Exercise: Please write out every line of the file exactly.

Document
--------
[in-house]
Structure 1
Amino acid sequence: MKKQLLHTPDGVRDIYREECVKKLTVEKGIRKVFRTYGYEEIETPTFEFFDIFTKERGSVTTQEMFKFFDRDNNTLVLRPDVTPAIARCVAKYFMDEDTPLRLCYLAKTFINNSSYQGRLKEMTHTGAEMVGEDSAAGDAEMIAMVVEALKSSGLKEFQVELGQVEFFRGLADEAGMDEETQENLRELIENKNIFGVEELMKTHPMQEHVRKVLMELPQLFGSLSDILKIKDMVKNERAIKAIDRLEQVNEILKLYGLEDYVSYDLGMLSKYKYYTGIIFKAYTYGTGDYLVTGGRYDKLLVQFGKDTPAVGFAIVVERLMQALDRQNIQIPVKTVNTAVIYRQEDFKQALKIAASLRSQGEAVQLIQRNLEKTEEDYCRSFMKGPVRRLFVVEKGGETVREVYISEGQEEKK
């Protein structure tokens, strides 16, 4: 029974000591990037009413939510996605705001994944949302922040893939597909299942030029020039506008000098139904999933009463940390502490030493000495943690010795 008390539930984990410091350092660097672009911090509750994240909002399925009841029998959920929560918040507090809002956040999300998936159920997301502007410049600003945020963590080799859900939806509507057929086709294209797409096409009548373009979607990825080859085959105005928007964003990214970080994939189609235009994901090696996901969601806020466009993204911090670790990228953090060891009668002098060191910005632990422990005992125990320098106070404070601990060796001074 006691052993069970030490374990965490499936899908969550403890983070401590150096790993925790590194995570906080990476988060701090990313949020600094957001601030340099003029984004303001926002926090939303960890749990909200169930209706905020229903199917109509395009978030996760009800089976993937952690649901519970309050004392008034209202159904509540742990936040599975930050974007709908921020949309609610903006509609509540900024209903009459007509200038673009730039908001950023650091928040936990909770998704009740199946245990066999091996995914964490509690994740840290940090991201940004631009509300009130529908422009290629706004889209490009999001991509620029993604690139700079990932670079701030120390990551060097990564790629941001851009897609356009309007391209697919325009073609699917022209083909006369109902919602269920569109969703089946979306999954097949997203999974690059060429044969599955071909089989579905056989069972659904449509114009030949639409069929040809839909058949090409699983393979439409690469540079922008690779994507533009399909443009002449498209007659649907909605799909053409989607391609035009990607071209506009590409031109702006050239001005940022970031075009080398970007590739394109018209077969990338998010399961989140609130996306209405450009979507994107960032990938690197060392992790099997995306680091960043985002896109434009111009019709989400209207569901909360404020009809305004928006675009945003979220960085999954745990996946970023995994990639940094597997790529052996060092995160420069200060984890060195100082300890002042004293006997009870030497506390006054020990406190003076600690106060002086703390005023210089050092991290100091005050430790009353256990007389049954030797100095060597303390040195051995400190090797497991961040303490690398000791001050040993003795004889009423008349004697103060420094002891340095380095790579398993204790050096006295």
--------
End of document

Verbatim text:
[in-house]
Structure 1
Amino acid sequence: MKKQLLHTPDGVRDIYREECVKKLTVEKGIRKVFRTYGYEEIETPTFEFFDIFTKERGSVTTQEMFKFFDRDNNTLVLRPDVTPAIARCVAKYFMDEDTPLRLCYLAKTFINNSSYQGRLKEMTHTGAEMVGEDSAAGDAEMIAMVVEALKSSGLKEFQVELGQVEFFRGLADEAGMDEETQENLRELIENKNIFGVEELMKTHPMQEHVRKVLMELPQLFGSLSDILKIKDMVKNERAIKAIDRLEQVNEILKLYGLEDYVSYDLGMLSKYKYYTGIIFKAYTYGTGDYLVTGGRYDKLLVQFGKDTPAVGFAIVVERLMQALDRQNIQIPVKTVNTAVIYRQEDFKQALKIAASLRSQGEAVQLIQRNLEKTEEDYCRSFMKGPVRRLFVVEKGGETVREVYISEGQEEKK
């Protein structure tokens, strides 16, 4: 029974000591990037009413939510996605705001994944949302922040893939597909299942030029020039506008000098139904999933009463940390502490030493000495943690010795 008390539930984990410091350092660097672009911090509750994240909002399925009841029998959920929560918040507090809002956040999300998936159920997301502007410049600003945020963590080799859900939806509507057929086709294209797409096409009548373009979607990825080859085959105005928007964003990214970080994939189609235009994901090696996901969601806020466009993204911090670790990228953090060891009668002098060191910005632990422990005992125990320098106070404070601990060796001074 006691052993069970030490374990965490499936899908969550403890983070401590150096790993925790590194995570906080990476988060701090990313949020600094957001601030340099003029984004303001926002926090939303960890749990909200169930209706905020229903199917109509395009978030996760009800089976993937952690649901519970309050004392008034209202159904509540742990936040599975930050974007709908921020949309609610903006509609509540900024209903009459007509200038673009730039908001950023650091928040936990909770998704009740199946245990066999091996995914964490509690994740840290940090991201940004631009509300009130529908422009290629706004889209490009999001991509620029993604690139700079990932670079701030120390990551060097990564790629941001851009897609356009309007391209697919325009073609699917022209083909006369109902919602269920569109969703089946979306999954097949997203999974690059060429044969599955071909089989579905056989069972659904449509114009030949639409069929040809839909058949090409699983393979439409690469540079922008690779994507533009399909443009002449498209007659649907909605799909053409989607391609035009990607071209506009590409031109702006050239001005940022970031075009080398970007590739394109018209077969990338998010399961989140609130996306209405450009979507994107960032990938690197060392992790099997995306680091960043985002896109434009111009019709989400209207569901909360404020009809305004928006675009945003979220960085999954745990996946970023995994990639940094597997790529052996060092995160420069200060984890060195100082300890002042004293006997009870030497506390006054020990406190003076600690106060002086703390005023210089050092991290100091005050430790009353256990007389049954030797100095060597303390040195051995400190090797497991961040303490690398000791001050040993003795004889009423008349004697103060420094002891340095380095790579398993204790050096006295």